Posts Tagged ‘Concert’

Across the Prairies and Past Them Great Lakes

January 4, 2009

A summer spent out by the ocean, a rock band always in motion.

The Wheat Pool


Westerners The Wheat Pool are a thoroughly Canadian band.  Their songs bear the names of Canadian icons and events. A February 2008 concert in Edmonton was captured by CBC Radio 2 and is available on demand from their website. I decided to check it out even though I was only vaguely familiar with the group. What follows is my running diary. This is a shorter concert so I will fit it all in one post.

The set kicks off with Neil Young.  They definitely owe some of their sound the music legend.  The Wheat Pool are an alt country band, and this song features generous helpings of harmonica and pedal steel.  Sometimes I remember all the reasons why we made each other scream.

I feel like this band should be playing in a barn somewhere with hay all over the place.  Unlike some other CBC Radio concerts this one has between songs banter.  The band points out that they have an album called Township. The way this set is going I’m going to want a copy. FBD is next. The pedal steel in this song is great.  I know the band wears ball caps on stage, but they need cowboy hats. I’m not a big new country fan, but I do like alt country. It’s a fine line between what I like and what I don’t. The Wheat Pool is on the right side of the border.

I’m assuming Whyte Ave is a place.  Someone yelled out a random comment from the back, but I couldn’t make it out.  This song is for “anyone who’s ever had a crush on a CBC Radio personality.” Nice lead in. Ah the song mentions Sook Yin Li, well known as a Much Music VJ back in the 90’s. She’s out in Vancouver now I think.  The song goes all over Canada, from Calgary to Toronto. We belong outside the warm glow, stumblin’ down streets we used to know, the cold embrace of Whyte Ave, this city ain’t the same without you.

At the midpoint we get Evergreen. An appropriate name for any song about Canada. The start of this song is more indie pop than anything else I’ve heard so far. This could be a Death Cab for Cutie song so far.  I like the variety of this set so far. The harmonies in this song aren’t quite perfect but are still good.Whyte Ave. gets mentioned again in this song.  From the Pacific to Lake Ontario.

The next song is introduced as being about “important historical events,” and how Canada has had many despite being a young nation.  It deals with Louis Riel and The Red River Rebellion.  This is a dark song with an interesting moaning guitar between verses.  You were born on the banks of Red River, I’ve seen your home. It’s amazing how Riel went from executed enemy to Father of Confederation. It only took a hundred or so years of consideration, and some softening of hearts.  Louis Riel at the right hand of God’s stone. I think he is definitely more of a Western, Native, and possibly francophone hero than an Ontario or eastern one.  But to some degree he was a cilvil rights type leader well before most others.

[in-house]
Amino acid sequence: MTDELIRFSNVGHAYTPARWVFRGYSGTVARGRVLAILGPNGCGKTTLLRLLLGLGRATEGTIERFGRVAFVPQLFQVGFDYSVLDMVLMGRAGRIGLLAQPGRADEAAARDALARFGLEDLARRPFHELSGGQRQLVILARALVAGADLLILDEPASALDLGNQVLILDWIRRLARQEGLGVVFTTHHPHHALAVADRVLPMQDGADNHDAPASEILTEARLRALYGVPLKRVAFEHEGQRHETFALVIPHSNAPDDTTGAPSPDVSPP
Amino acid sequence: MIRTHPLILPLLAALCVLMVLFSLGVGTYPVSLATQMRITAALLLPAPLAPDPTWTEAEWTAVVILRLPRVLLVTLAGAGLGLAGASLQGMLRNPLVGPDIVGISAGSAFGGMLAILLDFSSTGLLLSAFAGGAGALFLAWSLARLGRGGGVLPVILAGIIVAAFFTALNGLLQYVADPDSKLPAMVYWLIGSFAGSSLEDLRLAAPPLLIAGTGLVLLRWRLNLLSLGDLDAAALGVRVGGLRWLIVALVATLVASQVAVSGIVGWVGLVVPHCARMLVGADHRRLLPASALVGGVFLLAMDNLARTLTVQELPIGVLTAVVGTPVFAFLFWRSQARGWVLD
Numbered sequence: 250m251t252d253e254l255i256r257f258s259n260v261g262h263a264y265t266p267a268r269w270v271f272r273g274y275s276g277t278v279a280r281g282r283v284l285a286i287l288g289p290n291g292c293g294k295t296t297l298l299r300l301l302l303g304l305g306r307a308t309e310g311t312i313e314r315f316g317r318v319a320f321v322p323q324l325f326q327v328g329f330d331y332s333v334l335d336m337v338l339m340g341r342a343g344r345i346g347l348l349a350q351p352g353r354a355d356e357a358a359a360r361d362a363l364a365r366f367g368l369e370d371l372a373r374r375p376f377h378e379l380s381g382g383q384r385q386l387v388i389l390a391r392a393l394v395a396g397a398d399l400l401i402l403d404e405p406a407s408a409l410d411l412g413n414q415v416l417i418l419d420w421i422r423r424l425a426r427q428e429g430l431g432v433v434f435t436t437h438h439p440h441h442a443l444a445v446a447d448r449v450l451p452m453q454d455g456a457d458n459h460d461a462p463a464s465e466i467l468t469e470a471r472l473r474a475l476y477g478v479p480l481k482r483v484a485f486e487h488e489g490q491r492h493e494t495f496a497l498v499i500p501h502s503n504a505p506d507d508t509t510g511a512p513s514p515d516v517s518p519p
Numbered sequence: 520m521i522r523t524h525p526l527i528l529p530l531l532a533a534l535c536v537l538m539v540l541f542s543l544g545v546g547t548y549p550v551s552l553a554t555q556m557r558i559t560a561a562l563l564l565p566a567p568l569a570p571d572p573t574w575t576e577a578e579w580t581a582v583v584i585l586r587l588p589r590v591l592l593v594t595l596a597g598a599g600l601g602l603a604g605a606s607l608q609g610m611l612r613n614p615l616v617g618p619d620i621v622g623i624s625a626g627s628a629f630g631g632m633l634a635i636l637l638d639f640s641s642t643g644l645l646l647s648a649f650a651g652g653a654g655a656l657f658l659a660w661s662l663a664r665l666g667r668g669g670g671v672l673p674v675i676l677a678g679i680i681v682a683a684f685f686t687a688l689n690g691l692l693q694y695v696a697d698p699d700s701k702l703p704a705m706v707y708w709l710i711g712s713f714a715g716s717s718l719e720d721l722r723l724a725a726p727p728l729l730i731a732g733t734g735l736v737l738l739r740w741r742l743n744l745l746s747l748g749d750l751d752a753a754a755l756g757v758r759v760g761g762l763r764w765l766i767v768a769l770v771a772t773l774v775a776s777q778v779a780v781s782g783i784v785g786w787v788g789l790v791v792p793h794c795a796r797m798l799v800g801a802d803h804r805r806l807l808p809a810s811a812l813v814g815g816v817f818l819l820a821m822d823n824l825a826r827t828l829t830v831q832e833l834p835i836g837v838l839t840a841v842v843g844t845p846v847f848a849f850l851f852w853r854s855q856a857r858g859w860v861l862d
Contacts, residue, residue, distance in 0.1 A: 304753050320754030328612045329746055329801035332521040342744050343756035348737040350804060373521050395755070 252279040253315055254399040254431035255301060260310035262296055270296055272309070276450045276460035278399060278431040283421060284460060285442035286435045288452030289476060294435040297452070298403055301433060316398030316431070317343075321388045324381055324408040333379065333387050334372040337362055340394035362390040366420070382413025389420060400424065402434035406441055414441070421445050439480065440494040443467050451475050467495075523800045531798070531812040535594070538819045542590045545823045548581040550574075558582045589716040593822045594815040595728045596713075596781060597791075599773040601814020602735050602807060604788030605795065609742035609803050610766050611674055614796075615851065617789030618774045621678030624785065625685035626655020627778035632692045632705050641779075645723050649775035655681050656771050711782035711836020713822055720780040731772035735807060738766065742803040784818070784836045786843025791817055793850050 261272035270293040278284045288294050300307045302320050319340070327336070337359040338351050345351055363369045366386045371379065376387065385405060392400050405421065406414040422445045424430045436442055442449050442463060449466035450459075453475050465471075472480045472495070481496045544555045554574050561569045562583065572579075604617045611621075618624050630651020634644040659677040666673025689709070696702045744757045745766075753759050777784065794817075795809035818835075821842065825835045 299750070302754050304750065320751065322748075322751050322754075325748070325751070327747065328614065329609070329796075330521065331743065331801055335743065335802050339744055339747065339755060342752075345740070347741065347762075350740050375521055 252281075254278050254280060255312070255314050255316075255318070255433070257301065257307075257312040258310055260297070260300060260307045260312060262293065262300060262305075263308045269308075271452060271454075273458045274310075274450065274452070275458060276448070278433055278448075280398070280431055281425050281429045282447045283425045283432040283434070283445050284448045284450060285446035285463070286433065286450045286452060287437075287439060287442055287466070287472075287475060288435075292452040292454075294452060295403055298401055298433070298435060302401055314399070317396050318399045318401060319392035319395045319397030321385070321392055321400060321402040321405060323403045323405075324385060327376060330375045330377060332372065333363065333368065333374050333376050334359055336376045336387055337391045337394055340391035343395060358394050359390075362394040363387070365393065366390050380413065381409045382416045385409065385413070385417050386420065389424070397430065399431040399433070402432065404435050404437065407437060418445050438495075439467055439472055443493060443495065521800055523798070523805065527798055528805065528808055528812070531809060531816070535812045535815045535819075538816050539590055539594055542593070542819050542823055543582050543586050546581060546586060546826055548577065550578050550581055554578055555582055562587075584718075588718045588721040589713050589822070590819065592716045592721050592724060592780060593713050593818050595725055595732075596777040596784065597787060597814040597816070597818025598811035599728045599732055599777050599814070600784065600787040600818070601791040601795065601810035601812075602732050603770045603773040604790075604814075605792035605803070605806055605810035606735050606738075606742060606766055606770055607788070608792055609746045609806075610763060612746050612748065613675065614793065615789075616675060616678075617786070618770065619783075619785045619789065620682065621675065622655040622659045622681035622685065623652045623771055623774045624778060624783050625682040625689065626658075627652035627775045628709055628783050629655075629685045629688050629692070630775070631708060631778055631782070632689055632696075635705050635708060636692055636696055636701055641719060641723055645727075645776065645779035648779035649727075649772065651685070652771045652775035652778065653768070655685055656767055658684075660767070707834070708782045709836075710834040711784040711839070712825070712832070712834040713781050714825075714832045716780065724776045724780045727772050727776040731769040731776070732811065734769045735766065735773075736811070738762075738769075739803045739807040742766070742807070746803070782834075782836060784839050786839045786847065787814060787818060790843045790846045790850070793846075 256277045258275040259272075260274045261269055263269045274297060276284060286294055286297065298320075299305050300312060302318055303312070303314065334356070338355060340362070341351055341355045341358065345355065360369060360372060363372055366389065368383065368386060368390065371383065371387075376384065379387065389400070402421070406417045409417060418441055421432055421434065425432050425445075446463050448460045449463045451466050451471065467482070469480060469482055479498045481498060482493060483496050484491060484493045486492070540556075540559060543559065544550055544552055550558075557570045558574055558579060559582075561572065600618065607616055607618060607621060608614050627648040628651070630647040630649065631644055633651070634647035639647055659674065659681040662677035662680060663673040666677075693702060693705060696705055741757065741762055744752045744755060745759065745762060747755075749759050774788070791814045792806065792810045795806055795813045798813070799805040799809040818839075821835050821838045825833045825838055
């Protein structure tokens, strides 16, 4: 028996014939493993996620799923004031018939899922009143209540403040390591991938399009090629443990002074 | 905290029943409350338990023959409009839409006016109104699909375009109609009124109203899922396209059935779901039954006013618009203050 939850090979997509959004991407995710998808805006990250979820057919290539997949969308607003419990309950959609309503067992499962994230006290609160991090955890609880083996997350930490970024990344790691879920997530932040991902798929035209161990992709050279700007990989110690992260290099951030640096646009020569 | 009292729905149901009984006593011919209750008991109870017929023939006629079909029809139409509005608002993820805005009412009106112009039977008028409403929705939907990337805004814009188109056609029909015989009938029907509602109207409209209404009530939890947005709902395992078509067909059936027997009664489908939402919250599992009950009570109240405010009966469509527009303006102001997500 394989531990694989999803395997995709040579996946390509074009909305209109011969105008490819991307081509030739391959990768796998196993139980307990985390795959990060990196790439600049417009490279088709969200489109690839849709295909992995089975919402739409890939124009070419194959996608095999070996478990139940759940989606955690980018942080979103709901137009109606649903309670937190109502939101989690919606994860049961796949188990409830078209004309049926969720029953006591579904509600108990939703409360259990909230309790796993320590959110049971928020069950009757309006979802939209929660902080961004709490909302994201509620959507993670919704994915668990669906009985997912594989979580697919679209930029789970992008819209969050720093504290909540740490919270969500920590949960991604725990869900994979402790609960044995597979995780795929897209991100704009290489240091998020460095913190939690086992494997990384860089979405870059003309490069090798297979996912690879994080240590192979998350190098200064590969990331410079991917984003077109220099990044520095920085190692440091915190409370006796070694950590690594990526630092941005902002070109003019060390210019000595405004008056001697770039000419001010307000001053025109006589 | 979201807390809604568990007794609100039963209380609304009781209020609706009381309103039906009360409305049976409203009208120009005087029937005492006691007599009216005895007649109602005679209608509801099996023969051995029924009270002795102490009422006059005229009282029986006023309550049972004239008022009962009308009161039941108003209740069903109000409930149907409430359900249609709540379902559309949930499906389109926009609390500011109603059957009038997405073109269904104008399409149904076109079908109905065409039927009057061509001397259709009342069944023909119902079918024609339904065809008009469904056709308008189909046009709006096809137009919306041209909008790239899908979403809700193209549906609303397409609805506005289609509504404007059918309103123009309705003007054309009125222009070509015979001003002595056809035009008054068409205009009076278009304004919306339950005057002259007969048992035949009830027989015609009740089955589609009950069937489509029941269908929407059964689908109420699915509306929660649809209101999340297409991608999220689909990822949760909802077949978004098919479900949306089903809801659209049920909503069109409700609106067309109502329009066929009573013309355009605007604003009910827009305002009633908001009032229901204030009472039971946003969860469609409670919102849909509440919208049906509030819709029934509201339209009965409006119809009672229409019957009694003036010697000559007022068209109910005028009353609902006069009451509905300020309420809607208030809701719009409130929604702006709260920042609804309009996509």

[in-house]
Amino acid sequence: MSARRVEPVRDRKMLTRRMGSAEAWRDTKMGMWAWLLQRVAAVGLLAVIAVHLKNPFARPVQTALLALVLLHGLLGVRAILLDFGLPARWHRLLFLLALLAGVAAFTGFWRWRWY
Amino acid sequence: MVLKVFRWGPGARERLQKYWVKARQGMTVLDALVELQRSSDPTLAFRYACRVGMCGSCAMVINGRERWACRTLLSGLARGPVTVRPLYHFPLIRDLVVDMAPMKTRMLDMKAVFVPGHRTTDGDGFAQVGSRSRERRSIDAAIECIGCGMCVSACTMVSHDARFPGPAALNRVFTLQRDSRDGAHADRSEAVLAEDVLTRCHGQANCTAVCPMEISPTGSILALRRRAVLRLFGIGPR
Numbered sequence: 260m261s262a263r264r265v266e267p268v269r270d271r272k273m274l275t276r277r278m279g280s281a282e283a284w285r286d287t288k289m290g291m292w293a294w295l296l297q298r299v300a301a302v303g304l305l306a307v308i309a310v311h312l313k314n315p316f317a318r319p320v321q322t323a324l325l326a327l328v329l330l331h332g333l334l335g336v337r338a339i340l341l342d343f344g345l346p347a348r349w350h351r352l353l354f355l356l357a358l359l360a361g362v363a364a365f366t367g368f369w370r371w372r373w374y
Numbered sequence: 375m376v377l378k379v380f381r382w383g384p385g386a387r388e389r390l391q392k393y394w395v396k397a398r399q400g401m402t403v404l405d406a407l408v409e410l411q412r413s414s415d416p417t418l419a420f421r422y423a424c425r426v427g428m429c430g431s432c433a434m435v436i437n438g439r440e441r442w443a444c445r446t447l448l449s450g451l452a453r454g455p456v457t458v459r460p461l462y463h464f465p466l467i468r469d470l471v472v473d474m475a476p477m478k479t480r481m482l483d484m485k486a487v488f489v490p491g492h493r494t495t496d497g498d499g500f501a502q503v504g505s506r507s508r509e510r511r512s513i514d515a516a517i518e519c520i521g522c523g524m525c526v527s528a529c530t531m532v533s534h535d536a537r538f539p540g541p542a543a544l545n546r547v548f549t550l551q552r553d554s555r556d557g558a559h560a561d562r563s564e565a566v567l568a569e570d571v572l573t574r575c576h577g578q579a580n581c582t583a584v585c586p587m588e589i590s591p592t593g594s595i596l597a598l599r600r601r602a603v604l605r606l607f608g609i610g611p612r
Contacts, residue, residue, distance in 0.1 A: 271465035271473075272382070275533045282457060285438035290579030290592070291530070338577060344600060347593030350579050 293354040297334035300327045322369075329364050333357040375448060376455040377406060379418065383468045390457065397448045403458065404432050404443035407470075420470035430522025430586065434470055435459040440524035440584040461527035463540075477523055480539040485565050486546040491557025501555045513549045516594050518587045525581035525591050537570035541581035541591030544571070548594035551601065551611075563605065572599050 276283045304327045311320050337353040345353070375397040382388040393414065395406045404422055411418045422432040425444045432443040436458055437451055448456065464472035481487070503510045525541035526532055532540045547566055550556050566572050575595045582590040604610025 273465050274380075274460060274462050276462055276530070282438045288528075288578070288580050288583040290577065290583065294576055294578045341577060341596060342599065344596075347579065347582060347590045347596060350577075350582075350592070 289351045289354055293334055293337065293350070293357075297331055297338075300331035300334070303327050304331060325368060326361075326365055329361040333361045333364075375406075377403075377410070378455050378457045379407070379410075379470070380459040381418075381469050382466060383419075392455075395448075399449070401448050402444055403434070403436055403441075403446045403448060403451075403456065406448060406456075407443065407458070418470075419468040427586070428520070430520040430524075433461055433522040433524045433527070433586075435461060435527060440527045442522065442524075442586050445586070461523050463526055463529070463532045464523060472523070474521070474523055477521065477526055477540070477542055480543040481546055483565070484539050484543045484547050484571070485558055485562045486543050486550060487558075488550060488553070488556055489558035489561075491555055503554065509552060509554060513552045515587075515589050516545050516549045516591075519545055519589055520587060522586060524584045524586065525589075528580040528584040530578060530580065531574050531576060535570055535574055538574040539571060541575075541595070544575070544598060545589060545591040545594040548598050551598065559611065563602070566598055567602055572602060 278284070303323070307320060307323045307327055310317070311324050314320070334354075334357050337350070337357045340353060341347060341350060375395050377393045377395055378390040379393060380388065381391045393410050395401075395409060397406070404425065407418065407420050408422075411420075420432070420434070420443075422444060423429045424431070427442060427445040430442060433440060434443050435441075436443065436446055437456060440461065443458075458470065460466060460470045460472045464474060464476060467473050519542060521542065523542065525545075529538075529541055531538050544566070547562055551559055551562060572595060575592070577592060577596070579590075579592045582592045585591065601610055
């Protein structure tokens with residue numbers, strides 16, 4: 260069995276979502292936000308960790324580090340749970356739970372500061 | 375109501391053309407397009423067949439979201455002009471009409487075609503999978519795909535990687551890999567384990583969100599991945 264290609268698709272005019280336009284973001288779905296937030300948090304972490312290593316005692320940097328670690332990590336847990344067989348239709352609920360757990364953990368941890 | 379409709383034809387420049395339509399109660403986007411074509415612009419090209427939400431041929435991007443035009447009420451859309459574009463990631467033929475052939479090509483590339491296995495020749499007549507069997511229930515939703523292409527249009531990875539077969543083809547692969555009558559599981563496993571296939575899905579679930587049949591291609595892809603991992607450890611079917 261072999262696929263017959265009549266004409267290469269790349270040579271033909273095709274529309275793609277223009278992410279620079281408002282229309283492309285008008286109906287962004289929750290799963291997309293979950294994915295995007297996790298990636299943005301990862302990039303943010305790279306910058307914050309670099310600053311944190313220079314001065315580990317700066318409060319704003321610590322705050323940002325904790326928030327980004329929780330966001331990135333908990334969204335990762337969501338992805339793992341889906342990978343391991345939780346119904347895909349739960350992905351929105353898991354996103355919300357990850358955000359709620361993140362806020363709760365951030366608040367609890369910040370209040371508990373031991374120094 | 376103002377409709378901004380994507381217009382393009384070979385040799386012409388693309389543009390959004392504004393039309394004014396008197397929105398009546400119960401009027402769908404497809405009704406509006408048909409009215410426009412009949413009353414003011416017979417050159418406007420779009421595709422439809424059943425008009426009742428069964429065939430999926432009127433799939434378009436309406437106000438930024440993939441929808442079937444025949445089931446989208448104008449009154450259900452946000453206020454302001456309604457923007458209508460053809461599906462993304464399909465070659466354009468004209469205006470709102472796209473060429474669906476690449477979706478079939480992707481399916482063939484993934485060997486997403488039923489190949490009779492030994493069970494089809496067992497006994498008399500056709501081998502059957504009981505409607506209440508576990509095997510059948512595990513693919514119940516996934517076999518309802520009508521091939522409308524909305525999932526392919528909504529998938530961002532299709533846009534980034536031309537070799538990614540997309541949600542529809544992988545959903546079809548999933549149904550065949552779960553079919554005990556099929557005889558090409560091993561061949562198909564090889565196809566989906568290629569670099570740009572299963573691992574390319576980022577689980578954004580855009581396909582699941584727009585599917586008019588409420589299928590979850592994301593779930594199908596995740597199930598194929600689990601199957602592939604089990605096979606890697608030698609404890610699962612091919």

Between You and Me sounds like some kind of break up song.  The guitar has taken centre stage in this one.  You could almost slow dance to this song if this was a high school dance and not a concert.

Lyrically, The Wheat Pool are definitely story tellers.  None of the songs in this show metaphorically avoid the point. It’s clear what each song is about from the opening lines.  It definitely suits this style of music.

The song Geographic Centre of Canada has an interesting title. Most people would acknowledge that the economic and political centres of the country have traditionally been in Ontraio and to some degree Quebec, where the vast majority of Canadians live.  But with such a wide and tall country (second largest in the world) the physical middle is a little further West and North. The track opens with wide open instrumental part.  This is my least favourite song so far.  It’s just not that remarkable and nothing stands out.

The last song is named after one of my favourite artists, Emily Carr.  Apparently, the CBC has been instrumental in helping this band to grow.  It’s good to see the CBC doing what it is intended to, namely promoting Canadian culture.  Emily Carr is probably my favourite of the whole set. The balance of pedal steel, guitar, and everything else is just perfect.  I crave different way to cut through all this noise, cause the fields are real in my mind, so leave me the choice, to stay here or run away so far, you and me and Emily Carr. The song includes some Gordon Lightfoot lines for good measure as it winds down.

Overall I give The Wheat Pool an arbitrary “A” for this effort.  I’m not sure exactly what that means, but I like the concert so check it out if you are into alt country, and Canadian music.

O Canada!

December 27, 2008

This post bears an appropriate title from the first song of Part II of this running diary. Thanks Kathleen Edwards. In case you are confused I’m listening to Kathleen Edwards on demand from CBC Radio 2. It’s her concert at the Ottawa Bluesfest back in July.